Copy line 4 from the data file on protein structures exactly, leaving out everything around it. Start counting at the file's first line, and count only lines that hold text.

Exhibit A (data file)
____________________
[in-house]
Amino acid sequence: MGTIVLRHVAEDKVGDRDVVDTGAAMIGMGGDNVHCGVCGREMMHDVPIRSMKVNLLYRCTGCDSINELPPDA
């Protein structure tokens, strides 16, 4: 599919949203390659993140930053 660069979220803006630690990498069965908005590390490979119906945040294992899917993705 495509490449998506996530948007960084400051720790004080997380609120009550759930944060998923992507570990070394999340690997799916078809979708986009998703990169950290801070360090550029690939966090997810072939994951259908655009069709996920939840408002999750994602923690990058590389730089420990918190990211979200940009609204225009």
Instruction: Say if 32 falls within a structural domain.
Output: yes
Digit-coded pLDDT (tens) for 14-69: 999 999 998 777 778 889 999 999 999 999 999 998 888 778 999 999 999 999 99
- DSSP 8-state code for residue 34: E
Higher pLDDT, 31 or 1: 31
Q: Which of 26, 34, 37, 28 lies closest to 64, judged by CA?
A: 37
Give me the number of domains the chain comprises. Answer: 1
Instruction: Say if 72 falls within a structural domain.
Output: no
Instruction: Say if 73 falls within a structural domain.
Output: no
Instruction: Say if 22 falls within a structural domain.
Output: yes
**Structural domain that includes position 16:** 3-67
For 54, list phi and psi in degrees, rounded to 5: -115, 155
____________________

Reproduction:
Instruction: Say if 32 falls within a structural domain.